The Art of Field Recording While Travelling The World

April 26, 2020| We Sound Effects

Field recordings and tourism are two activities that have always been closely connected for those involved in sound design. The art of travelling offers a great opportunity to capture sounds that are not available to us on a daily basis.

Whether it’s for personal use or to turn them into sound libraries that others can use for their projects, it’s an activity that involves some advance planning if you want to get good recordings. Some factors such as weather, local holidays, season of the year and many other factors can also have a massive impact on your recordings.

We asked to Pablo Valverde from Gain Walkers, a Spanish sound designer and field recordist based in Southern England, to share his experience about recordings sounds while travelling around the world.

Capturing sounds while travelling is one of my favourite ways of discovering new cultures. Each country and each community has its own unique sound, mixed by its people, its language, its architecture, its roads, its fauna, its weather. All those factors, among others, build up the soundscape of that city, town or area.

As a sound designer, one of my goals when I travel is to capture the soundscape of the places I am visiting. It’s my way to remember that trip, and later on I can always use those sounds in upcoming projects or release them as sound libraries so they can be used by someone else.

However, this is not as simple as showing up and pressing rec. There are a few factors that we need to consider before the act of recording begins.

Note: this article refers to travelling for tourism with family, friends, partner or on your own.


Research is a must before travelling. Where I am heading, when I am going, who will be with me. The soundscape will change dramatically depending on if it is high or low season, summer or winter, sunny or windy, or even the mere presence of a local event such as Christmas or Easter.

We need to anticipate all this. This will save us from surprises out in the field. Most of these trips occur only once in our lifetime, so better be safe than sorry.

To put it in context, I will use Cordoba in Spain (my hometown) as an example. May is a month of endless festivities in my hometown. This will mean that the streets will be fully crowded, but also brings with it music everywhere. It is also very famous for being one the warmest cities in Spain, so cicadas will always be very present during summer.

Consider also who you travel with. If you are accompanied by someone else, he/she will most likely not understand that even the most subtle footstep can be picked by the mic. Or it may be the case that your friend is tired. I have travelled to the other side of the world with friends and taken a day off them just to go to some areas and record without anyone interrupting me. As long as you are polite and friendly they will understand you.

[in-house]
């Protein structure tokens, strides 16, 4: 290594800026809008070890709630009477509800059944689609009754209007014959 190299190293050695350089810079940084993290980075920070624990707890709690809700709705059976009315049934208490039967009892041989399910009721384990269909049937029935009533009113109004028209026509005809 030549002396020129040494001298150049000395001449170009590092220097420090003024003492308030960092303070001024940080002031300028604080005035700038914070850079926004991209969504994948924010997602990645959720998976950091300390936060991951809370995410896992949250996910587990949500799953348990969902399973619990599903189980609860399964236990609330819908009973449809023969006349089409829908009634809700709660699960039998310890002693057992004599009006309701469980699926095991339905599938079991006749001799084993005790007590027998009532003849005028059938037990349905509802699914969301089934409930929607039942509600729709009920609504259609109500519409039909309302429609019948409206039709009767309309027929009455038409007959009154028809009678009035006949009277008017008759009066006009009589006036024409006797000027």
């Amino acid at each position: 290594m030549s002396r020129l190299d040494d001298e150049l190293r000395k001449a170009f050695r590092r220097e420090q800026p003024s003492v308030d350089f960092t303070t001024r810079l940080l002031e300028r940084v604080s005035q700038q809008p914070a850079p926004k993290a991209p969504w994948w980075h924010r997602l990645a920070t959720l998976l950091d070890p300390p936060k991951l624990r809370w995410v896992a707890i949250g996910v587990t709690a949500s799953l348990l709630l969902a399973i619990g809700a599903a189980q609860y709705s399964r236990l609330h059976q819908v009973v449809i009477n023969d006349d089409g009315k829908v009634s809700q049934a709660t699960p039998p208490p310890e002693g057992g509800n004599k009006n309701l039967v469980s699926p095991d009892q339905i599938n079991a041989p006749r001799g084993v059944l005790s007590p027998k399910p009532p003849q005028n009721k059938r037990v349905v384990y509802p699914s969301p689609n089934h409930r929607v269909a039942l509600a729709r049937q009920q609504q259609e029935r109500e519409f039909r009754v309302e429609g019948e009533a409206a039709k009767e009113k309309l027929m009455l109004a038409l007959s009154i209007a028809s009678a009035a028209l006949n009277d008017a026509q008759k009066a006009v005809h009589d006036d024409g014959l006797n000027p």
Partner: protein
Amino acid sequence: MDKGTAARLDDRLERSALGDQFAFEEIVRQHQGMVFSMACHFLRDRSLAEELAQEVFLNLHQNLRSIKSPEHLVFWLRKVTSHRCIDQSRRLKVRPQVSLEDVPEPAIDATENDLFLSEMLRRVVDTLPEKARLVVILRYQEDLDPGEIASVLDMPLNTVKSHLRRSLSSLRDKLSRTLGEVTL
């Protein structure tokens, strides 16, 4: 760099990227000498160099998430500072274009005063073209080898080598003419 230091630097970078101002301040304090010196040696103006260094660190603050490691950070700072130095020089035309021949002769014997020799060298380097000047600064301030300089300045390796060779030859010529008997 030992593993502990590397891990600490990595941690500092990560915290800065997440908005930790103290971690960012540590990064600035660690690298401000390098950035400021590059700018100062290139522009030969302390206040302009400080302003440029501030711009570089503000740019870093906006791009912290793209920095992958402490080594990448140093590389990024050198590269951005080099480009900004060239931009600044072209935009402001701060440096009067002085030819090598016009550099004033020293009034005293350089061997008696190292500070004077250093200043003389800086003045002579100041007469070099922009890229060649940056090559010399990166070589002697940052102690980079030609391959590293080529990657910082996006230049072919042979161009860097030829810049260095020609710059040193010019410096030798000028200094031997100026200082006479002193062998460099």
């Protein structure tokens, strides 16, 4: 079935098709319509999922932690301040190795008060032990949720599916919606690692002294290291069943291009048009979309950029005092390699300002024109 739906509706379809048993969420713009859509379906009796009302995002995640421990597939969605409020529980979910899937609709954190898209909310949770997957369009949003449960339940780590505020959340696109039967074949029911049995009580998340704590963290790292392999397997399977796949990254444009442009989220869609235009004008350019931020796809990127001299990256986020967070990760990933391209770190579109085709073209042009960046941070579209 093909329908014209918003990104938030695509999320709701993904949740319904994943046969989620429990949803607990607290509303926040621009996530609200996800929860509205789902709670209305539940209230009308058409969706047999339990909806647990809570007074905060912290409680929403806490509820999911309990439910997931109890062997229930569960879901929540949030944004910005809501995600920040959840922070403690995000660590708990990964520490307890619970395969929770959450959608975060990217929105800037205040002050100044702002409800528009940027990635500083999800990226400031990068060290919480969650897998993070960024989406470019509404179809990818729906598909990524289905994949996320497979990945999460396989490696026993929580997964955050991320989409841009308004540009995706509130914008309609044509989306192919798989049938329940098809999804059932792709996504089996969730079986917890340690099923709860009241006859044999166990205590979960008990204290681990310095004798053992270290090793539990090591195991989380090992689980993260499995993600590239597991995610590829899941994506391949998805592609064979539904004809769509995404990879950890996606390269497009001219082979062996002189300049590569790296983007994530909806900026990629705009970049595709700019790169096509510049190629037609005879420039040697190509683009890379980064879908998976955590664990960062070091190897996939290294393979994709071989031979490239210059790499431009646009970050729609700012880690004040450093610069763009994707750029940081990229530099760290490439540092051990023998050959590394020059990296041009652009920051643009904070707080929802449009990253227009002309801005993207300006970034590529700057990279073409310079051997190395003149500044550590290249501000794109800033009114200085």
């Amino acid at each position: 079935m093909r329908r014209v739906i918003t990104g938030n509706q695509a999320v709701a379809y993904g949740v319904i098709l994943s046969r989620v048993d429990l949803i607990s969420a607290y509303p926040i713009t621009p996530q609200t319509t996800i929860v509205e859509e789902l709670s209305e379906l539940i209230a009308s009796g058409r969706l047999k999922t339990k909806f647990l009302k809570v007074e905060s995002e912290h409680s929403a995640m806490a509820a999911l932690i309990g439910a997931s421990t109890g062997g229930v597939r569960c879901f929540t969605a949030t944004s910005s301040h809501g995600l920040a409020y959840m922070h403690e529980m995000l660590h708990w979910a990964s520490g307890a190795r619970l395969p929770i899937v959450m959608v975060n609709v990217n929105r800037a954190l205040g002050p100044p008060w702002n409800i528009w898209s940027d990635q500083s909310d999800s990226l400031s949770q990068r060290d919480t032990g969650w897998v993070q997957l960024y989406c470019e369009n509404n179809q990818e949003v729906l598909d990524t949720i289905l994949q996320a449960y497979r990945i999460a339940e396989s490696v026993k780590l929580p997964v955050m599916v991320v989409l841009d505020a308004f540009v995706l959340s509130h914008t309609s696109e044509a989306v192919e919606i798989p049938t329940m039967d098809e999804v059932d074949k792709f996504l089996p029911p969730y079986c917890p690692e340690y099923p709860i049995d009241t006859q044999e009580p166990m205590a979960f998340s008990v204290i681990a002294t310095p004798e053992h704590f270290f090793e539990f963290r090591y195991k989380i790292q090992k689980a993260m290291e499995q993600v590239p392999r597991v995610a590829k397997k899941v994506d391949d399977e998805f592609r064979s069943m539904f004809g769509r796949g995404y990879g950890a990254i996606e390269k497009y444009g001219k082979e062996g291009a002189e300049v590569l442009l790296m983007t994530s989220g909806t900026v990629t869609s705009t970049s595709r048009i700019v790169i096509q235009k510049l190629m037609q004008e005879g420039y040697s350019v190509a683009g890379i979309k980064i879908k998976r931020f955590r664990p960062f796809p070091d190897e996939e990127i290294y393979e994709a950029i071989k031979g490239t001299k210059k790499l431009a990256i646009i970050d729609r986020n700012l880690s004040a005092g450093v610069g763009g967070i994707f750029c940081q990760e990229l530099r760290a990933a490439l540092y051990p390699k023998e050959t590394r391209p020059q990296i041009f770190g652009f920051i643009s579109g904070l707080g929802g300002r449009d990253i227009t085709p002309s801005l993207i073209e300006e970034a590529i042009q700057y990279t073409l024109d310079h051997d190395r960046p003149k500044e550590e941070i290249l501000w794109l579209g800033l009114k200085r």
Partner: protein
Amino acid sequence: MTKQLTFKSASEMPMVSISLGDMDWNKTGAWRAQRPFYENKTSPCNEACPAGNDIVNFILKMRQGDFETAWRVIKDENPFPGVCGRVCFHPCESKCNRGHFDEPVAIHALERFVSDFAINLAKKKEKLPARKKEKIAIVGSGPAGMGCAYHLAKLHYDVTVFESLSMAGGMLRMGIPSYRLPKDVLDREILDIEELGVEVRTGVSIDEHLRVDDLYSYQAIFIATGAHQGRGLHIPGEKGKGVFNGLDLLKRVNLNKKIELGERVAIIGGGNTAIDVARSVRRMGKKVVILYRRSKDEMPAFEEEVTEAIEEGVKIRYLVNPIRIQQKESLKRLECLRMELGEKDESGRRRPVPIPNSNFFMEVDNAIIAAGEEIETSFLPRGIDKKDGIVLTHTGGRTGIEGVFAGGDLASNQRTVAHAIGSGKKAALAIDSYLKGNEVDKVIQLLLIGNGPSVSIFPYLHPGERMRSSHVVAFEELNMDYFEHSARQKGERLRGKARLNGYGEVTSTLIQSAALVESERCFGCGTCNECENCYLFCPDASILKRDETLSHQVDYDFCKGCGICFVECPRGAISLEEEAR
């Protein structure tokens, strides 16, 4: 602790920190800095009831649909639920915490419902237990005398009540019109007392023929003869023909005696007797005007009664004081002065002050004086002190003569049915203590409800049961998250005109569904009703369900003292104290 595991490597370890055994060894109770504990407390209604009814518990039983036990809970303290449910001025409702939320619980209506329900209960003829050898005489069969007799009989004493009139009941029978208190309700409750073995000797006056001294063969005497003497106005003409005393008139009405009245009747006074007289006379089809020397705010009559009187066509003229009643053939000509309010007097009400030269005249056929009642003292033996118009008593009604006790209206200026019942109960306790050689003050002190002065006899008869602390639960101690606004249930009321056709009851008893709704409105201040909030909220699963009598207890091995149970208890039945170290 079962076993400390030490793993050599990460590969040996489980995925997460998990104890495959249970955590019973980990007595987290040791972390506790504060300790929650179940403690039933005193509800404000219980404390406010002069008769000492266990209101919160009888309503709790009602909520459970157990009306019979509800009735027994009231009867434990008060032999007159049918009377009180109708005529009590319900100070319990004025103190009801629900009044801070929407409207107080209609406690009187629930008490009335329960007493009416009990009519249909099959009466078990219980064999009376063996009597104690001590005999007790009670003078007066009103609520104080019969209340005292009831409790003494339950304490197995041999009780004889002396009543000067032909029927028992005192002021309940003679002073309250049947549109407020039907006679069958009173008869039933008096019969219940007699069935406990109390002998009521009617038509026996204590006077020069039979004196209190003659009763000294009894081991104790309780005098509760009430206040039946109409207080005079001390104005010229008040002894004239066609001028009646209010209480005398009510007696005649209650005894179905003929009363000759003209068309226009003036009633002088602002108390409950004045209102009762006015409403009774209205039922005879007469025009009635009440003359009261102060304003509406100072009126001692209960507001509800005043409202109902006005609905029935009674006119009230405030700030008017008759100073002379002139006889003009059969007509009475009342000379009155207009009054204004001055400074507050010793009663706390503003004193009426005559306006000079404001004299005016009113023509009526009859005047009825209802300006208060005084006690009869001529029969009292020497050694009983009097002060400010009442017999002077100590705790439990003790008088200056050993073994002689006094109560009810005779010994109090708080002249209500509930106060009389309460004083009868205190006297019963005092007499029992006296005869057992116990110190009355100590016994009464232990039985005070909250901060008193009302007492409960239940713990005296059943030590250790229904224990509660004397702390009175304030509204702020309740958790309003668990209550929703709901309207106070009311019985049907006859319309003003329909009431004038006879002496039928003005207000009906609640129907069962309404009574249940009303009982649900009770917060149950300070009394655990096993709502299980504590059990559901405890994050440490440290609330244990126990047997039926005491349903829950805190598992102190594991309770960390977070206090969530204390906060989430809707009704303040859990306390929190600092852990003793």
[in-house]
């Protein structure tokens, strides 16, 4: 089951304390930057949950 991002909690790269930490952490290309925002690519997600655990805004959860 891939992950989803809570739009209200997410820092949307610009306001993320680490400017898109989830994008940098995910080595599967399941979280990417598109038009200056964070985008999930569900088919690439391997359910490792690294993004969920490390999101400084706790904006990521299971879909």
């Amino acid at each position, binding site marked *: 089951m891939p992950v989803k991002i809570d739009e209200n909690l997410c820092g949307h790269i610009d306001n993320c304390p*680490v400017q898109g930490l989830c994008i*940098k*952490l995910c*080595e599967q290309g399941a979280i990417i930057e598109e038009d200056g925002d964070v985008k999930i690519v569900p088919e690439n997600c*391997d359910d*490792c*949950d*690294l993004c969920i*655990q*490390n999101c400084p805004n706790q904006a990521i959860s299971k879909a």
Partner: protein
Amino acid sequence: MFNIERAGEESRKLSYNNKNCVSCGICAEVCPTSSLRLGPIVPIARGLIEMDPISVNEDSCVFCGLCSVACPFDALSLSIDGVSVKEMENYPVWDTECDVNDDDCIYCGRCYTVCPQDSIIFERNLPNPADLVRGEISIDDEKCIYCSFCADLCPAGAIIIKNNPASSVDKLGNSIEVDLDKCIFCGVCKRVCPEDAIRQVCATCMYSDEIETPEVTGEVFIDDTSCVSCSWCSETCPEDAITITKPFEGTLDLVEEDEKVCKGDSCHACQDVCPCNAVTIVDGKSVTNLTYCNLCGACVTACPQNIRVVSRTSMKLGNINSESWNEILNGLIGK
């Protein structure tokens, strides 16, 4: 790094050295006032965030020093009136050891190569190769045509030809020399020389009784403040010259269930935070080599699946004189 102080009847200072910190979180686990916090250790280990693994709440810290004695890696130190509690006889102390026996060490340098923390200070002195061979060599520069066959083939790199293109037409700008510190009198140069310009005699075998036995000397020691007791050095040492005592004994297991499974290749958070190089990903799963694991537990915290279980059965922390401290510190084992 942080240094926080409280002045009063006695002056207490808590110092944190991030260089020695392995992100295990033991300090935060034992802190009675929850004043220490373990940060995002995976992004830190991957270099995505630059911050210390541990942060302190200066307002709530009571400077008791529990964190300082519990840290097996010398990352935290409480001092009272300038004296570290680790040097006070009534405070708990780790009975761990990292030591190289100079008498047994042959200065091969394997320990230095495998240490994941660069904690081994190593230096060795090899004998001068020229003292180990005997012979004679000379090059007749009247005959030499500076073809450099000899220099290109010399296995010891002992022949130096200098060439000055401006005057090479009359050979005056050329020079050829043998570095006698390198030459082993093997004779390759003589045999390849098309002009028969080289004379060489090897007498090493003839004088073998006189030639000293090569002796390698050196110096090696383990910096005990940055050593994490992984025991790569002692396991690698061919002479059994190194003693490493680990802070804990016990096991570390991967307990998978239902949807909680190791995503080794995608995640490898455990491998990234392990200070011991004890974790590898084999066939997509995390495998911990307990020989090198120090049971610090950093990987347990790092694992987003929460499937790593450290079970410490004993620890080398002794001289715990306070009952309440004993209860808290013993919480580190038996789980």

Keep in mind all those factors and your recording will sound more similar to what you are expecting.


Recording on the go implies portability. We all know how long a day of tourism is. We feel exhausted after walking all day long. Other than that, just the idea of travel brings enough hassles such as baggage allowance, security check or flight connections. Keeping things simple makes it easier.

My gear at home changes a lot compared to what I use abroad. Due to logistics, it is not possible to carry over several microphones, a tripod, a recorder, bags and cables and do tourism at the same time. This is where handheld recorders come to the rescue.

My go-to handheld recorder is the Sony D100 . High quality microphones, battery life and storage are the main reasons. It is a very solid machine that has never let me down. Batteries last for hours and it has 32 GB of built-in flash memory and a SD Card/Memory Stick slot for expandable storage.

I usually combine the D100 with a couple of Mikro Usis or Clippys , by using the stereo mini jack input. This allows me to do stealth field recording without worrying about being spotted. I can focus on the space and respond very quickly when inspiration appears.

Even though the D100 is my favourite choice, any small and easy to carry recorder will do the job. I started out with a Zoom H2n. It is easier to get into the habit of recording if our recorder fits in a small bag. I always say that the best recorder and microphone is the one that you have close by, not the most expensive one.


Stealth field recording is one of my favourite ways to capture sounds. It is unconventional but very rewarding. When you are surrounded by a big crowd in tourist areas such as plazas, churches or museums, taking out a big tripod doesn’t seem to be the smartest idea. We have to go unnoticed, so a small recorder is what we have left.

Stealth recording means that we are recording in a hostile environment. We cannot be seen, otherwise we will compromise the recording. People will behave differently if they know they are being recorded.

In order to do so, I use the gear mentioned above in a bag like the one in this picture.

When recording in less noisy environments (countryside, residential areas, room tones) where other factors may interfere, I use a couple of apps in my phone. Apart from Google Maps, Windy and Flightradar have saved me a lot of times. You can imagine the reason. Bad weather conditions and planes overflying will ruin our recording, unless that is what we are after, of course. Predicting this will save us countless headaches.

This is just my personal experience. I am sure other field recordists will take different approaches or may even disagree with mine, yet it has worked out for me. I encourage people to start doing field recording while going on vacation. The more you record, the more you know. It is very satisfying!

Find out Pablo Valverde sound libraries on We Sound Effects.


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